BROOMFIELD, Colo. --
An air tanker fighting one of several wildfires burning in Colorado has crashed outside of Rocky Mountain Metropolitan Airport on Saturday afternoon.
The pilot reported that the plane was having mechanical issues before attempting an emergency landing, at 12:27 p.m. A spokesperson with the Federal Aviation Authority said the plane experienced hydraulic failure during the landing.
The plane went off the runway and crashed through a fence surrounding the airport. It came to a rest in an embankment and a trail.
The plane, a P2V-5 based out of Missoula, Mont., was carrying 1,100 pounds of firefighting slurry when it crashed.
Both the pilot and co-pilot walked away from the crash.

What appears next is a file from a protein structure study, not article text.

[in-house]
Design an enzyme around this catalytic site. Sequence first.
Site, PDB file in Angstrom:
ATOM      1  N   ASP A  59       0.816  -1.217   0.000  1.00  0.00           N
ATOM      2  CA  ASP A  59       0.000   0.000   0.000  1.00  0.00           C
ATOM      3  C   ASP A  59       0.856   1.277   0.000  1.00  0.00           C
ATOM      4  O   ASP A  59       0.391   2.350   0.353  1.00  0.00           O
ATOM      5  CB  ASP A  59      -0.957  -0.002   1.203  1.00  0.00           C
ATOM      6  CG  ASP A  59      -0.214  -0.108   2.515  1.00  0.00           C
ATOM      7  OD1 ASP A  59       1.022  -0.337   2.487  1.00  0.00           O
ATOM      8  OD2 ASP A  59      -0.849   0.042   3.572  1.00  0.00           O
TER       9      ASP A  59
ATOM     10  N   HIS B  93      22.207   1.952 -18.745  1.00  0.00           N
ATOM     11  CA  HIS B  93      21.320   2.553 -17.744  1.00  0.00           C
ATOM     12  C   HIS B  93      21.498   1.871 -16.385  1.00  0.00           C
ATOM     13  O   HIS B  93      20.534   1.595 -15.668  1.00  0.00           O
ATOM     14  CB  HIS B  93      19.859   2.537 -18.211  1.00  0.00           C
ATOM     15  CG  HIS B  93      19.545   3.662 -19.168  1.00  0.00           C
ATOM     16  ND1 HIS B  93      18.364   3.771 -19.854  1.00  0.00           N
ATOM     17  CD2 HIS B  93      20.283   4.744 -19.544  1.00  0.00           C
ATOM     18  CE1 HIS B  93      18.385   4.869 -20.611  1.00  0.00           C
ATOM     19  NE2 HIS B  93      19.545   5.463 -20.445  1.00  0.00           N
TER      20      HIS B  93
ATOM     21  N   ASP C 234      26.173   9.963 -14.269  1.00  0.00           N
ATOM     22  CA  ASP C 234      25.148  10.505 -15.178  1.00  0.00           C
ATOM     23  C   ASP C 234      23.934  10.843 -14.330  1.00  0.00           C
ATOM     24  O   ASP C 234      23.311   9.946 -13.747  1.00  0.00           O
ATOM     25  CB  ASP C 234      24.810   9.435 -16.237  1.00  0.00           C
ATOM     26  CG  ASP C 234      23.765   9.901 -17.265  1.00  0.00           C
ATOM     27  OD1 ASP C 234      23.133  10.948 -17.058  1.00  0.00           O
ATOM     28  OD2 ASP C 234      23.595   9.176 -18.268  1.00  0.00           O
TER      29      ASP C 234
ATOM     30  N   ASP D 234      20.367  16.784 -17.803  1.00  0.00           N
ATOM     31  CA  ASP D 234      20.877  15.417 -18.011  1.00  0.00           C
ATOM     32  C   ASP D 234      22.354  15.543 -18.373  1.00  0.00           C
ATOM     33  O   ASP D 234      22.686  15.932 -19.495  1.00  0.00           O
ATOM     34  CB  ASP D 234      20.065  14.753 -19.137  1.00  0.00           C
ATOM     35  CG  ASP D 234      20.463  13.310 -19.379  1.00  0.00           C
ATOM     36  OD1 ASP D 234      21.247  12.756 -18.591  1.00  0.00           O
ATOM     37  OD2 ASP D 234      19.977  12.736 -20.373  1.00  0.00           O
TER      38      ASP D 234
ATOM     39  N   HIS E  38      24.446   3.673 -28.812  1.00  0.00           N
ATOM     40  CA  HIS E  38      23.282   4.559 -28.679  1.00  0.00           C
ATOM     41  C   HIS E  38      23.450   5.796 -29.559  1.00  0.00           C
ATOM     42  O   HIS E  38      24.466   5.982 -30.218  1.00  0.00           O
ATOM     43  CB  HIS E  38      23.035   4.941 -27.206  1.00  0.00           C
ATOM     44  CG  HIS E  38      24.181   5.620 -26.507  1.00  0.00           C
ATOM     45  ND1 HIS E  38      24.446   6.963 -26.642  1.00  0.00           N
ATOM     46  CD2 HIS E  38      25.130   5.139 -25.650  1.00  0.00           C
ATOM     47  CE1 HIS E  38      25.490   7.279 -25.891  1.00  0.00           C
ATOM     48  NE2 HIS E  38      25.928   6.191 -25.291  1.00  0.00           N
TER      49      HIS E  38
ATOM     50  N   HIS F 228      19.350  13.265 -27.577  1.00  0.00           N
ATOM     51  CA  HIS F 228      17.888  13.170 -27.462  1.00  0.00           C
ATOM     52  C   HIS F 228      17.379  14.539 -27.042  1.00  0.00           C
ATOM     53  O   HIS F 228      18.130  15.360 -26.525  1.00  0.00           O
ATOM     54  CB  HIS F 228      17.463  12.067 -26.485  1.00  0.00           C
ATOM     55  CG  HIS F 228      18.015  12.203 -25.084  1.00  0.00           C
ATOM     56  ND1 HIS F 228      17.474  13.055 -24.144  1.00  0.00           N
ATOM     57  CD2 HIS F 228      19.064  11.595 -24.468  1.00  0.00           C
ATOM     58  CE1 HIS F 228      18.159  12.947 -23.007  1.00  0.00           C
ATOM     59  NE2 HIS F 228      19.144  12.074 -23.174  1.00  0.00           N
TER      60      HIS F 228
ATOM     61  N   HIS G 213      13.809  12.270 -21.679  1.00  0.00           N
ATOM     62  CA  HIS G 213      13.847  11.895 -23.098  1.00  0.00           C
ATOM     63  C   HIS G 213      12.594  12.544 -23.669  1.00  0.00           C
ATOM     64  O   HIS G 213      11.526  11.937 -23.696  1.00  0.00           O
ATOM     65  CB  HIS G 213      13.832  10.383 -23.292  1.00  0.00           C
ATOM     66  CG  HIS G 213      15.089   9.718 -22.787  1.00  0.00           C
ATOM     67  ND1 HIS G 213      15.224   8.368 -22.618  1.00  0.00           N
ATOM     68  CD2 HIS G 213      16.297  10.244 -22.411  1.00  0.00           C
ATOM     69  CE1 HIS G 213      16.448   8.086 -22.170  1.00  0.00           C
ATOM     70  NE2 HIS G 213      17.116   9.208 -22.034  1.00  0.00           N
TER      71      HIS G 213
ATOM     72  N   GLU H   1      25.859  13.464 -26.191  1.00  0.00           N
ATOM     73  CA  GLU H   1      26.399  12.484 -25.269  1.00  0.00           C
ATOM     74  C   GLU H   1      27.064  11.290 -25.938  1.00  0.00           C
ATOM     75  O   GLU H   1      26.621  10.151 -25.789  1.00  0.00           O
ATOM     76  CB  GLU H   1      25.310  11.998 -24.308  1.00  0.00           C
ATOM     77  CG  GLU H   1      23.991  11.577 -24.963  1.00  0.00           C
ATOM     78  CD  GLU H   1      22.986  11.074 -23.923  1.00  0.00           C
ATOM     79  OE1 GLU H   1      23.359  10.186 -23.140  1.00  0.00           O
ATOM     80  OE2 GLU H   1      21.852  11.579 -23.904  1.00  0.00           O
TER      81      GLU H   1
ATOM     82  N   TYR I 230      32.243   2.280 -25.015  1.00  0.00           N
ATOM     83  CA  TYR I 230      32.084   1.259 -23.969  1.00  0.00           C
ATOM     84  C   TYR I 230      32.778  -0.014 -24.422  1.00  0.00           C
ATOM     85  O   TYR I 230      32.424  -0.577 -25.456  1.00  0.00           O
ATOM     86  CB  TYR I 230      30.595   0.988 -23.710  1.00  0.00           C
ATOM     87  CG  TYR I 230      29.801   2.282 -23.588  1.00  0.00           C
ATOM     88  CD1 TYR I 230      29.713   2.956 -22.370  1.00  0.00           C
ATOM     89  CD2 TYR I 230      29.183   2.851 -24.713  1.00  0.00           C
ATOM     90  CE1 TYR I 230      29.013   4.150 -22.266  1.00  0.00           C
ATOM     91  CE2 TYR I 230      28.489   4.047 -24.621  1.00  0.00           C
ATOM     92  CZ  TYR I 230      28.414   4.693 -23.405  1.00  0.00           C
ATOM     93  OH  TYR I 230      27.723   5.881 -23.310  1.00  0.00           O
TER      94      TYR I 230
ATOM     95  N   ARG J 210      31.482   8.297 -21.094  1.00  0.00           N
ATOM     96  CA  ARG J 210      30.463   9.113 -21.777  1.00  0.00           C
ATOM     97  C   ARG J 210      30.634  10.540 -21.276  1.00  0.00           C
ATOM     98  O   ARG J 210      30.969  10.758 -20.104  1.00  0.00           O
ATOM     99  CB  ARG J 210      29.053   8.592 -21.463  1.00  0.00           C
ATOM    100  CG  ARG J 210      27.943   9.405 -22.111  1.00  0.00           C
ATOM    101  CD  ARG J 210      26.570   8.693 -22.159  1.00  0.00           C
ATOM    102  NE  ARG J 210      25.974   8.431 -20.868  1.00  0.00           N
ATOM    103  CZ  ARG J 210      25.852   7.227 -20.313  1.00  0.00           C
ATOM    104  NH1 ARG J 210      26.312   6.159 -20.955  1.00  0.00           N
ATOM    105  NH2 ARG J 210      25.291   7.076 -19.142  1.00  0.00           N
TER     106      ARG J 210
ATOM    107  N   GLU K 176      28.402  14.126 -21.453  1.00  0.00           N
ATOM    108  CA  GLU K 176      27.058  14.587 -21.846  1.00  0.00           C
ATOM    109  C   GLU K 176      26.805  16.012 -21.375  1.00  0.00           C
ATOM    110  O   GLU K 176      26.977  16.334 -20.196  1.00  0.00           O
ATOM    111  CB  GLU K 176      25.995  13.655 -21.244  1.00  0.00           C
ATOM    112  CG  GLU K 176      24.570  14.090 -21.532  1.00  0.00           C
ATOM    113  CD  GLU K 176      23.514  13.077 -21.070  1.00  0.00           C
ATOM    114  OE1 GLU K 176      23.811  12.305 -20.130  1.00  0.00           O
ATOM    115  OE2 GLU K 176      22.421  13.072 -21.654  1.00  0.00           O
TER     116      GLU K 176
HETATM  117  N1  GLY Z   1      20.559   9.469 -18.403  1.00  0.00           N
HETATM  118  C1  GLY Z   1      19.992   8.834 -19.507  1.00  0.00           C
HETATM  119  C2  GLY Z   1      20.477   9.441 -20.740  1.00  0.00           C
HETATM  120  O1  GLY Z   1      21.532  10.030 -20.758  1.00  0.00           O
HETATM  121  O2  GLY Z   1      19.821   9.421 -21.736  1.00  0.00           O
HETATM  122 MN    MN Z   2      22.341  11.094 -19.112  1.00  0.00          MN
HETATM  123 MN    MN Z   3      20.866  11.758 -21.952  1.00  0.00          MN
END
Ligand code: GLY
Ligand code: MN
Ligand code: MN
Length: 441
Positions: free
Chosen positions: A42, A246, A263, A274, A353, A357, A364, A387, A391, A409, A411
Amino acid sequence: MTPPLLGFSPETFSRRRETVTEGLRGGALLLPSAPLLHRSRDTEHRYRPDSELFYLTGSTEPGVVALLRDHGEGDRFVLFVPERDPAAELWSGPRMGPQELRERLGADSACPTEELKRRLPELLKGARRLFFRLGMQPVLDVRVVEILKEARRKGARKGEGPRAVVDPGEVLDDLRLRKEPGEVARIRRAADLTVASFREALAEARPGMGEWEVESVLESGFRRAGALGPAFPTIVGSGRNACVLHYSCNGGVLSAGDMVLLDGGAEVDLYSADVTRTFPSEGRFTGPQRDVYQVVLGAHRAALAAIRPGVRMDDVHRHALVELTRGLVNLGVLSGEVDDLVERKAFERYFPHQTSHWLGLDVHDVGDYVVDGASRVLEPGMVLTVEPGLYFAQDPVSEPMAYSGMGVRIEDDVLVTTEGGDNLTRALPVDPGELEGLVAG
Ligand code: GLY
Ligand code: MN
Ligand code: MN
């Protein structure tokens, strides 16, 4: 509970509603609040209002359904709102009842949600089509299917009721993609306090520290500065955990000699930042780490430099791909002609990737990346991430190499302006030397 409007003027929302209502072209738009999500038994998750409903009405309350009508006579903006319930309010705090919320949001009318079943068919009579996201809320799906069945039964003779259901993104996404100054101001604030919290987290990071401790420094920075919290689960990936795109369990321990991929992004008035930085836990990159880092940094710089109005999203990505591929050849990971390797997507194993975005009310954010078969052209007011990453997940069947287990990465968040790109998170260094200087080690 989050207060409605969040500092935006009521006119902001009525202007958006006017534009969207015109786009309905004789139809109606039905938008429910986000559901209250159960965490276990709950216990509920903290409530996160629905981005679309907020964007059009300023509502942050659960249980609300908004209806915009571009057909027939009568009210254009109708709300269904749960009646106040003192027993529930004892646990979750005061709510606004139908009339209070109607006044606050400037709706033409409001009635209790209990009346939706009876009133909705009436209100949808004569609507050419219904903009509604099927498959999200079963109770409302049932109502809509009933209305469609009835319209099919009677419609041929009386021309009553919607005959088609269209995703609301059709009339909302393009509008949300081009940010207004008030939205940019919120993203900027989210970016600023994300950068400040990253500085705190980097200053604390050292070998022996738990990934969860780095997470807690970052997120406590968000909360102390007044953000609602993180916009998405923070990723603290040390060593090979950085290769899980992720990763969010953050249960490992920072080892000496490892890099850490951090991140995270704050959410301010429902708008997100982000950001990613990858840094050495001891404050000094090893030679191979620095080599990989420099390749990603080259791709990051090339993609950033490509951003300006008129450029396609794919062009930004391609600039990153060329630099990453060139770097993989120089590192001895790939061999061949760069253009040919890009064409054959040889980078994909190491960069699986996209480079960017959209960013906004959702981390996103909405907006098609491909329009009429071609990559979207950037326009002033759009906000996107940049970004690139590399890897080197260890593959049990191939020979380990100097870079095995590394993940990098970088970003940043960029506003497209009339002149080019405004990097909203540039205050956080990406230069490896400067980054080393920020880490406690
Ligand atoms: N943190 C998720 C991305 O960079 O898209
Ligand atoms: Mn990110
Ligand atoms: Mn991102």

As a result of the crash, all air support was suspended on Saturday in fighting two fires in northern Colorado. The Cow Creek Fire, located in Rocky Mountain National Park, is burning in over 800 acres. The Round Fire, located in the foothills west of Loveland and near State Highway 34, is burning in 150 acres and near homes.
Steve Segin, spokesman for the Rocky Mountain Area Coordination Center, said a U.S. Forest Service aviation safety team will investigate the crash, along with the National Transportation Safety Board.
Segin said while winged-aircraft support has been suspended on Saturday, helicopters will still assist in fighting the blazes.
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